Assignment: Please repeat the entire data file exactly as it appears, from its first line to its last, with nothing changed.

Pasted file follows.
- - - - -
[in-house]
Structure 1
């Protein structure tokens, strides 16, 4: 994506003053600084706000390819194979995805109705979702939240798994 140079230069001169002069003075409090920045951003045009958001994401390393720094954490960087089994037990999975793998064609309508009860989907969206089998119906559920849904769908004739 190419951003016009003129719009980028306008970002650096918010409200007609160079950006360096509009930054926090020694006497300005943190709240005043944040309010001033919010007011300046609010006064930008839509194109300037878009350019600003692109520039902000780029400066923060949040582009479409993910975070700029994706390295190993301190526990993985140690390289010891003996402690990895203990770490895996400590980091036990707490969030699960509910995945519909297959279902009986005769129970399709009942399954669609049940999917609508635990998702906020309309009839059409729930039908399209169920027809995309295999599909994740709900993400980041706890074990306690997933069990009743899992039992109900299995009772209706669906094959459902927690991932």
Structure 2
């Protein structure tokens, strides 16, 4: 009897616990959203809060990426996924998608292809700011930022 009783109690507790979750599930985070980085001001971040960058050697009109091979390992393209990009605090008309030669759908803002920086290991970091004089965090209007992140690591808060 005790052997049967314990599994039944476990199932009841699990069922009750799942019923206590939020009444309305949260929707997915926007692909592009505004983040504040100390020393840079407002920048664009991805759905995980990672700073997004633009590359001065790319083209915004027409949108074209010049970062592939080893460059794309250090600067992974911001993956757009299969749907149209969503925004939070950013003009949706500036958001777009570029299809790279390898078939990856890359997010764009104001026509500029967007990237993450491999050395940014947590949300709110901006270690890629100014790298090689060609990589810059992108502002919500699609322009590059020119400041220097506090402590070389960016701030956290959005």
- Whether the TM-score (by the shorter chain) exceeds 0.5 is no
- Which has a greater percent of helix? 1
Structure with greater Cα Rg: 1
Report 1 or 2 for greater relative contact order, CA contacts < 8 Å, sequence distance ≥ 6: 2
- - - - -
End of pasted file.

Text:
[in-house]
Structure 1
């Protein structure tokens, strides 16, 4: 994506003053600084706000390819194979995805109705979702939240798994 140079230069001169002069003075409090920045951003045009958001994401390393720094954490960087089994037990999975793998064609309508009860989907969206089998119906559920849904769908004739 190419951003016009003129719009980028306008970002650096918010409200007609160079950006360096509009930054926090020694006497300005943190709240005043944040309010001033919010007011300046609010006064930008839509194109300037878009350019600003692109520039902000780029400066923060949040582009479409993910975070700029994706390295190993301190526990993985140690390289010891003996402690990895203990770490895996400590980091036990707490969030699960509910995945519909297959279902009986005769129970399709009942399954669609049940999917609508635990998702906020309309009839059409729930039908399209169920027809995309295999599909994740709900993400980041706890074990306690997933069990009743899992039992109900299995009772209706669906094959459902927690991932």
Structure 2
């Protein structure tokens, strides 16, 4: 009897616990959203809060990426996924998608292809700011930022 009783109690507790979750599930985070980085001001971040960058050697009109091979390992393209990009605090008309030669759908803002920086290991970091004089965090209007992140690591808060 005790052997049967314990599994039944476990199932009841699990069922009750799942019923206590939020009444309305949260929707997915926007692909592009505004983040504040100390020393840079407002920048664009991805759905995980990672700073997004633009590359001065790319083209915004027409949108074209010049970062592939080893460059794309250090600067992974911001993956757009299969749907149209969503925004939070950013003009949706500036958001777009570029299809790279390898078939990856890359997010764009104001026509500029967007990237993450491999050395940014947590949300709110901006270690890629100014790298090689060609990589810059992108502002919500699609322009590059020119400041220097506090402590070389960016701030956290959005």
- Whether the TM-score (by the shorter chain) exceeds 0.5 is no
- Which has a greater percent of helix? 1
Structure with greater Cα Rg: 1
Report 1 or 2 for greater relative contact order, CA contacts < 8 Å, sequence distance ≥ 6: 2